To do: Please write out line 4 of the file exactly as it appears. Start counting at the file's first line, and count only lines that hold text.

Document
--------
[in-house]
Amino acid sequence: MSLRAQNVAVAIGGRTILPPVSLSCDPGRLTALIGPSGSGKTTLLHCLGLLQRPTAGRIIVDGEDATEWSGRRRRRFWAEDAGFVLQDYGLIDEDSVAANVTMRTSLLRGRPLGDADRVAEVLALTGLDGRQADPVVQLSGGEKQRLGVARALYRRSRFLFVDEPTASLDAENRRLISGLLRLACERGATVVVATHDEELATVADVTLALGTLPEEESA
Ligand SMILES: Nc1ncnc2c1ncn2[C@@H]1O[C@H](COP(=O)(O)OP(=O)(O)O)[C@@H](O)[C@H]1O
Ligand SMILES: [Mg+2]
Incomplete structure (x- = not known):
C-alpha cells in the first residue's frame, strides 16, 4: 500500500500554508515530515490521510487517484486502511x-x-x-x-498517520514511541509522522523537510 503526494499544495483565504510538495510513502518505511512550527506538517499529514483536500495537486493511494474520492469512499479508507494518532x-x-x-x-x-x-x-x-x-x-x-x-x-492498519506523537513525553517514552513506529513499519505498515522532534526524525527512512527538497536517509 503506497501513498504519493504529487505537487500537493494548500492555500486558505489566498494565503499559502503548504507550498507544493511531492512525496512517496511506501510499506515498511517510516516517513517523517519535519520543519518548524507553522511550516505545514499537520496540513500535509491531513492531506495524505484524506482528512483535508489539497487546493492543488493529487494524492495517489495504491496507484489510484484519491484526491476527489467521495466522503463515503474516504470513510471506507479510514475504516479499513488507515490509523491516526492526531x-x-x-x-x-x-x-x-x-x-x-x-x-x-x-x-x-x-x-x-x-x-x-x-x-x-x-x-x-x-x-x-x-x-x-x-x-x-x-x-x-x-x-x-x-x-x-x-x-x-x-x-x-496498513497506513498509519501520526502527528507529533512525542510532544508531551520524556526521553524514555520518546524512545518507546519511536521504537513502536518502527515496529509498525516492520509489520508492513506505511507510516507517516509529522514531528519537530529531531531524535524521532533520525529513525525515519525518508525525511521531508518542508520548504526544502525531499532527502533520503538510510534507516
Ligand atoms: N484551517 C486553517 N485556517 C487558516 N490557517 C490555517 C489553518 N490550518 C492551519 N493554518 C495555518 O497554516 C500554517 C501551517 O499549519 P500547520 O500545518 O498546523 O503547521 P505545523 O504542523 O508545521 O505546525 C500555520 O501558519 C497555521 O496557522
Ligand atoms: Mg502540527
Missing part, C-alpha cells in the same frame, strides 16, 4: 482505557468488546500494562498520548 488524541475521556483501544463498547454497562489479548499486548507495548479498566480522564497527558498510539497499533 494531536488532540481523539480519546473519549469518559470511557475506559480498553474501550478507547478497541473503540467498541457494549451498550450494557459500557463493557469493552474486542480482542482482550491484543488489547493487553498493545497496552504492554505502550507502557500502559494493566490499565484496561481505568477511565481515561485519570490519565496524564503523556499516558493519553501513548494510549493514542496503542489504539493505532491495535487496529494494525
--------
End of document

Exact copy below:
Ligand SMILES: [Mg+2]